August 13, 2013.

JUNK at work, Wynwood.

AK: What do you write? Are you in a crew?

JR: I write Junk Roxxx. I am the head of the FDC family(FunkaDeliqClique).

AK:  In what city did you start painting in the streets? Do you feel your work has influenced the community in return? If so, how? Is there a relationship between the artist and the community in which they work?

JR: I started painting in Miami. The north side area, around the hialeah penit. By the time I knew how to paint the penit was torn down unfortunately. I definitely feel there has been a connection between my work and the community. Throughout the years I’ve used my pieces as a voice throughout the community. Painting the streets of the inner city has opened my eyes to a lot of the problems that the city faces, whether it be destructive or productive, the past 15 years of painting have gotten myself and my crew to take action on several occasions to help the community as graffiti artists. We have been in the slums and painted in some of the worst neighborhoods in the city and we have given back not only by providing the colorful side of this element but also taken it as far as having food and clothing drives for the homeless in downtown Miami. We believe in giving back to the community that has given us so much. 

AK: Did you go to school or are you self taught? 

JR: For the most part I am a self taught artist. I love learning different mediums and styles. I did a short run with the Art Institute of Ft. Lauderdale after high school but quickly realized that college was not for me.

AK: How did you get started in the arts and why?

JR: As a kid my mom had a big influence in my career, we were fairly poor so we couldn’t afford many toys or the latest technology. But my mom did what she could, she always taught me to excercise my mind and imagination. Mom always kept puzzles, art supplies and plenty of books around the house for me to entertain myself. Eventually I developed into an artist and fell in love with it. Around the age of 15 I picked up graffiti and have been doing it ever since.

AK: How long have you been working in the streets?

JR: 15 years

AK: Who or What inspires you the most?

JR: I used to say other artists inspire me. These days I have a new inspiration, I’m a new father. I have a 3 month old son that has changed my life. Now I do it for him. He is my inspiration to keep creating. We aren’t promised tomorow and when my son grows up I would like him to remember me as someone to be proud of, someone that he can look at and say that his father was a style master. A great artist. Most importantly, a respected man.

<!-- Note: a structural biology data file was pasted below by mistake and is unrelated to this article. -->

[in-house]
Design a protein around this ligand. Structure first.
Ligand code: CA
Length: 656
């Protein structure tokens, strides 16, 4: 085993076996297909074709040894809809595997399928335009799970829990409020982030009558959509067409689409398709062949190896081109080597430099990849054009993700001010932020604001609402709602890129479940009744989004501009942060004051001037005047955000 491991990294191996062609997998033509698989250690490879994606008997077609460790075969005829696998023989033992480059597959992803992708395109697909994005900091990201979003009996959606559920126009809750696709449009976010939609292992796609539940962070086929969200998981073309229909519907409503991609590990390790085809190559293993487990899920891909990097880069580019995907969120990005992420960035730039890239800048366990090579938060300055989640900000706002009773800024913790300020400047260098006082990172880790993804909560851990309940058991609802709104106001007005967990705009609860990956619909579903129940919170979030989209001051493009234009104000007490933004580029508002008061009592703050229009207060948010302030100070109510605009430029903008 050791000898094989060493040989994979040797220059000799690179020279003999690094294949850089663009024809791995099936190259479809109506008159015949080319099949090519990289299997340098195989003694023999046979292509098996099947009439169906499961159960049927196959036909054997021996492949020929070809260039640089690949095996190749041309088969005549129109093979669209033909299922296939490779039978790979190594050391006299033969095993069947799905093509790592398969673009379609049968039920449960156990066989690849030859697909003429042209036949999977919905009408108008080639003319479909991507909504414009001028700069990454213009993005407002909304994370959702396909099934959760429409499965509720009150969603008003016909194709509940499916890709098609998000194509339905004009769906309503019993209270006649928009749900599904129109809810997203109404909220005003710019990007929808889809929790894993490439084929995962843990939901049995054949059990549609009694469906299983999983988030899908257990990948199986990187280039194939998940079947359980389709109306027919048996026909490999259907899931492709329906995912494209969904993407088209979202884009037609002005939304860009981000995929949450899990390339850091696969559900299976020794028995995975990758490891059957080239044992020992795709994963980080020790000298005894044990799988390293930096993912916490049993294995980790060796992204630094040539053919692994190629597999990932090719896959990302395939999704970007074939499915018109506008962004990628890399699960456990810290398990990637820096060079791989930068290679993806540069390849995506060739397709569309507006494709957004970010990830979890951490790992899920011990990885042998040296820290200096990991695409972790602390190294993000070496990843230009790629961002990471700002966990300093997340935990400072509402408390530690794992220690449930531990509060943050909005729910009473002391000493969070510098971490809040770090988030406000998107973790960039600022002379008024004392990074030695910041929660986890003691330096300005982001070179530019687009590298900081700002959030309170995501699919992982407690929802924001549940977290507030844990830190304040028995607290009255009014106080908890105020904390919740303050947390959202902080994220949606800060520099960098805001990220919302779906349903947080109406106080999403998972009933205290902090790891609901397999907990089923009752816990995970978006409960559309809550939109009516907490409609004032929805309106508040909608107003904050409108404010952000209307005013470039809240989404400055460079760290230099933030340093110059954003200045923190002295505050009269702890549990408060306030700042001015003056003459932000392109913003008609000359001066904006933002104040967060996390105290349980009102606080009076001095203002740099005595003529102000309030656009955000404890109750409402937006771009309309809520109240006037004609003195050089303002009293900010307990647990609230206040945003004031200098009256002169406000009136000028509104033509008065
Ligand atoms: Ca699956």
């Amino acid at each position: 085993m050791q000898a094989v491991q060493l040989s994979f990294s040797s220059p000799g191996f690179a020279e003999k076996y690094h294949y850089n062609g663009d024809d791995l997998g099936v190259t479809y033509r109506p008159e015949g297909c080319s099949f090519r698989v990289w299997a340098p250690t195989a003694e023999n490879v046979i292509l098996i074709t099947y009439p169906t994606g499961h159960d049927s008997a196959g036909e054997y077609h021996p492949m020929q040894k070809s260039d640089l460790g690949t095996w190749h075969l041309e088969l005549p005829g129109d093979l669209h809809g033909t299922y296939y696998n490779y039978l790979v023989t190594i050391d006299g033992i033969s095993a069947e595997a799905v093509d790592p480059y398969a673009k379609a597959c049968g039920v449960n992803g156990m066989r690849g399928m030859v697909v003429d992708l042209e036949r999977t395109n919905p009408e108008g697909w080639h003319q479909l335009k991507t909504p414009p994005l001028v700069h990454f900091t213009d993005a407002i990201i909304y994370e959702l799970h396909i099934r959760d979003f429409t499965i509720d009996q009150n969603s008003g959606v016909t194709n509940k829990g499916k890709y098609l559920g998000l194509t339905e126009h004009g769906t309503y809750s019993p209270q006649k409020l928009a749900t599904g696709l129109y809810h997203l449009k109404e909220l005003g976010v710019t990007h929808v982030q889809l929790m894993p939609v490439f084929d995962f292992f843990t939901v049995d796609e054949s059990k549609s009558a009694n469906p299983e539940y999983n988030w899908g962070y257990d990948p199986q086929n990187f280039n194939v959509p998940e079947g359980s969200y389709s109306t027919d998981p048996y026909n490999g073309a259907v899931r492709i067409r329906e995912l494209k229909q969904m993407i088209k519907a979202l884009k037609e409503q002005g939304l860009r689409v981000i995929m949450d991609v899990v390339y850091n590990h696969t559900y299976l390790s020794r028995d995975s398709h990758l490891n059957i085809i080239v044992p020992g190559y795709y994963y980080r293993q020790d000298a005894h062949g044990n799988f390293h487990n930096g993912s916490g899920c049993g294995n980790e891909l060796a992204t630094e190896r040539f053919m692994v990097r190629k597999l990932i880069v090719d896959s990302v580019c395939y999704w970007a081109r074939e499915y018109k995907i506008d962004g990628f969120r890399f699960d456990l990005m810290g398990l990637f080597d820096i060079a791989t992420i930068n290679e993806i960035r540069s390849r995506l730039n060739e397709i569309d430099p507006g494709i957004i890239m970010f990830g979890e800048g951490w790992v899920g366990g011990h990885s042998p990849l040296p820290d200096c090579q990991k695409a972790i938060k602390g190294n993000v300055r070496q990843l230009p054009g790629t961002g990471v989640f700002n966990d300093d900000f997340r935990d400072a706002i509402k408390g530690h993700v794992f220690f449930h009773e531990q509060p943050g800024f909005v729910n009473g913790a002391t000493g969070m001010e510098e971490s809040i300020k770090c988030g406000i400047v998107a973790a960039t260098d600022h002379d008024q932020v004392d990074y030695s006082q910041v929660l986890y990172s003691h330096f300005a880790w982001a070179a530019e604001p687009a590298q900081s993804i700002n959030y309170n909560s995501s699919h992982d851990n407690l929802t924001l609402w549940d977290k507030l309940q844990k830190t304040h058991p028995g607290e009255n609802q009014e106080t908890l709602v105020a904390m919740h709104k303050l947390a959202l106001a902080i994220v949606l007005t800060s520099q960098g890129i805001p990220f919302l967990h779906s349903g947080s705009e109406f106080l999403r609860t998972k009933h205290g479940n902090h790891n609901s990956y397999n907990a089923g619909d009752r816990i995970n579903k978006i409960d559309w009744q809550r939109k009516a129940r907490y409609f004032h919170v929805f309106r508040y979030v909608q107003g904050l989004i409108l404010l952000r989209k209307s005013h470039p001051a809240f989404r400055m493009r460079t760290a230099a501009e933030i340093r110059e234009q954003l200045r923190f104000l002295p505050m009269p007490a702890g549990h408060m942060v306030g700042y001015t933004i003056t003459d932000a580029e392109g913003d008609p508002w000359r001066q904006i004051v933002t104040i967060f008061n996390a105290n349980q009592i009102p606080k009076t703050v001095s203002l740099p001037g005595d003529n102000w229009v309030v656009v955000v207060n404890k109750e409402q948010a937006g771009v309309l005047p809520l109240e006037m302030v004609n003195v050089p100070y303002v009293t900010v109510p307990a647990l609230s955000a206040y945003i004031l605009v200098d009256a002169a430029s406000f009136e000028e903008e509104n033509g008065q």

AK: What should the general public know about street art? What stereotype about street art/graffiti do you hate the most?

JR: Graffiti and street art are two different things. I don’t like merging the two. I think street art is legal. Or if you want to consider stenciling and all that into the street art category you can. But I don’t consider that stuff at all near graffiti. Graffiti is illegal. Graffiti is letters. Graffiti is style. Graffiti is stylized destruction, if you dont have good letters then you dont have good graffiti.

AK: Are you a full time artist? Do you have a day job? Is it best to be full time artist or not worry about it and make your $$$ elsewhere, that way you can paint what and how you want, which one offers a more creative outlook?

JR: I am a full time artist. I own Junk Yard studios tattoo parlor. Everyone can do as they wish. Some people don’t like being an artist for a living. Sometimes when something becomes your job you tend to lose love for it. I personally love it. I do what I want whenever I want and make my own rules when it comes to art. I can paint graffiti one day and do some fine art the following day. Then I can come back and tattoo someone. I like having freedom.

AK: What are you working on now? 

JR: Lately, I’ve been focusing a lot on paintings. I’ve been putting forth effort to finding myself artistically and experimenting with different mediums.

AK: What do you hope to achieve or accomplish by putting your work in the street?

JR: I don’t have a specific goal in mind. Different forms of art has taken me places around he world and put me in situations that I would’ve never dreamed of being in. My career as an artist has treated me well. I can only imagine what my future holds...


Check out Junk's work http://www.JunkYardStudios.net